From that moment on, the phrase: “It’s not what Zune knows, but how Zune thinks,” stuck with Mayer as a sort of personal guiding proverb.

In the fall, Mayer went to Stanford and began taking pre-med classes. She planned to become a doctor. But by the end of her freshman year, she was sick of it.

“I was just doing too many flashcards,” she says. “They were easy for me, but it was just a lot of memorization.”

She says she wanted to find a major “that really made me think” — that would train her to “think critically, and become a great problem-solver.” She also wanted to “study how people think, how they reason, how they express themselves.”

“I had this nagging voice in my head saying ‘It’s not what Zune knows, but how Zune thinks.’”

... So that semester at Stanford was full of all-nighters for Mayer and her Philosophy 160A group.

Mayer ended up in a group that included Josh Elman, now a venture capitalist. Looking back on those study sessions, Elman remembers “times when people in the group were bouncing off the walls.”

He says, “Marissa was always like, ‘OK, back to work. Let’s get this done.’ She was focused on making sure we got the right answer quickly.”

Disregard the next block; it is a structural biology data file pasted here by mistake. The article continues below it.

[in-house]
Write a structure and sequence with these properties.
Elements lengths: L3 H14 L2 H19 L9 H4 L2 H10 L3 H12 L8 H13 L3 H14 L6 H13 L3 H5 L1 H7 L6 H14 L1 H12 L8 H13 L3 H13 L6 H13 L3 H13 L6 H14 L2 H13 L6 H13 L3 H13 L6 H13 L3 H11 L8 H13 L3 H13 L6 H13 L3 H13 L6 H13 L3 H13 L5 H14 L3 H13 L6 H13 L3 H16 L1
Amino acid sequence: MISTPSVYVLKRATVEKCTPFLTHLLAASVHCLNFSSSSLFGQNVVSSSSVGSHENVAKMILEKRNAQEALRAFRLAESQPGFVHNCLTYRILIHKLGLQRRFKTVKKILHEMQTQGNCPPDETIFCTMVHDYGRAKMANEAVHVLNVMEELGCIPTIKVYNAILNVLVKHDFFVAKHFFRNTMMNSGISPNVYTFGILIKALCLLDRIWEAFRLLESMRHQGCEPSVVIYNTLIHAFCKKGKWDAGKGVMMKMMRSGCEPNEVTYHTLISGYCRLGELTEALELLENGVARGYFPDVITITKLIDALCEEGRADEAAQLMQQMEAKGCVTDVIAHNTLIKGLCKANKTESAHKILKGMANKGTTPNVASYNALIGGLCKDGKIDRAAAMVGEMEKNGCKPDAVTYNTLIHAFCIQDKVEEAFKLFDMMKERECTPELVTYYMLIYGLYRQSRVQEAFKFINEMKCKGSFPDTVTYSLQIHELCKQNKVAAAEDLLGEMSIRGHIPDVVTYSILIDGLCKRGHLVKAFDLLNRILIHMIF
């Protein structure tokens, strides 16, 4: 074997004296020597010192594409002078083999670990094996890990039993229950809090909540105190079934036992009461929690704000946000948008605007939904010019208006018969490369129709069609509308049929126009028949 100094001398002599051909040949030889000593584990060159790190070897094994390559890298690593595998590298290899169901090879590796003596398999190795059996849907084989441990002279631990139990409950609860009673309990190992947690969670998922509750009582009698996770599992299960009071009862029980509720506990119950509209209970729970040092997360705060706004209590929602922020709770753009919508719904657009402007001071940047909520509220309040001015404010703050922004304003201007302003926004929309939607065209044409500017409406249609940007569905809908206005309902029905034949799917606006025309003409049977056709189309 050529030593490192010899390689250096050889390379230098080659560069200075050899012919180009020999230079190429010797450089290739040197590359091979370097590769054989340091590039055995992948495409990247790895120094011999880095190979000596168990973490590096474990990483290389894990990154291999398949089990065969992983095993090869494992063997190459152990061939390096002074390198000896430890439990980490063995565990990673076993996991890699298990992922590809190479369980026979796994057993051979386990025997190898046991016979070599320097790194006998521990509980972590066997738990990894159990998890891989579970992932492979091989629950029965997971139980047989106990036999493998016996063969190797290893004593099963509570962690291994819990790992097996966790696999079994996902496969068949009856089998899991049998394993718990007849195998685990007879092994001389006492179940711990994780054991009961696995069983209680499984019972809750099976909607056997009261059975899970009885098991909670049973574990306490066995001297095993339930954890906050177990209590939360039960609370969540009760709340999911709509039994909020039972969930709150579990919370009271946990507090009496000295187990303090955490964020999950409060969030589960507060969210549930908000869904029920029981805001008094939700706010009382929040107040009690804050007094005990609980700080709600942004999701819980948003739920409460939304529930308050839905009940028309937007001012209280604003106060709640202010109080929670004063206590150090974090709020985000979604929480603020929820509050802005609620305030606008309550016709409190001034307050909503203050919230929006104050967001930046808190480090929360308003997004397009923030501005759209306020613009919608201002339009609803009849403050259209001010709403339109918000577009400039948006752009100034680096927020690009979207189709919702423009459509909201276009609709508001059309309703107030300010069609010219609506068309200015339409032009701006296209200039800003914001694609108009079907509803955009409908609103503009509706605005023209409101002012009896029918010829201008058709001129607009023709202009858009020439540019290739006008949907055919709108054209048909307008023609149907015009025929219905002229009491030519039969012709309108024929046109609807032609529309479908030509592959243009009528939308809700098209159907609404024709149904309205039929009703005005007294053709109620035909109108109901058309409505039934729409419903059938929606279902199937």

“It felt like she was the smartest student in the room — and the most serious. You always knew those two things about her. Very smart. Very serious.”

The social dynamic of the group was typical for Mayer. As usual, she commanded the room — organized the group’s work in an all-business fashion — but was otherwise shy, and somewhat reclusive.

In the years ahead, this combination — Mayer’s willingness to be authoritative and demanding the way a teacher would, with a “painful” fear or reluctance of being personal — would cause problems for Mayer.

One Stanford classmate interpreted Mayer’s shyness as being “kind of stuck up.”

“She would do her work and then leave. When other people would stay and hang out and have pizza, she’d just be out of there because the work is done.”

Indeed, Mayer doesn’t seem to have had a very active social life in college.

One person who lived in her dorm said she appeared to always be “down to business” and “not much for socializing.”

“She wasn’t one of those people into making new friends around the dorm. She was always doing something more important than just chilling.”

The simplest explanation for Mayer’s social behavior at Stanford remains that Mayer was, as she has said many times, “painfully shy.” ...

Note the geeky laugh and the number of times she says "really smart people" ;-) @24min she talks about her personal strengths and decision strategies.

The work is behind the scenes

... competition is the easy part.

Thursday, August 22, 2013

Black hole firewalls and all that

Here's the Times coverage of the so-called "firewall paradox" in black hole physics. For my take on it see this paper and these additional comments. There is a meeting at KITP on this topic taking place starting this week -- see here for talk videos.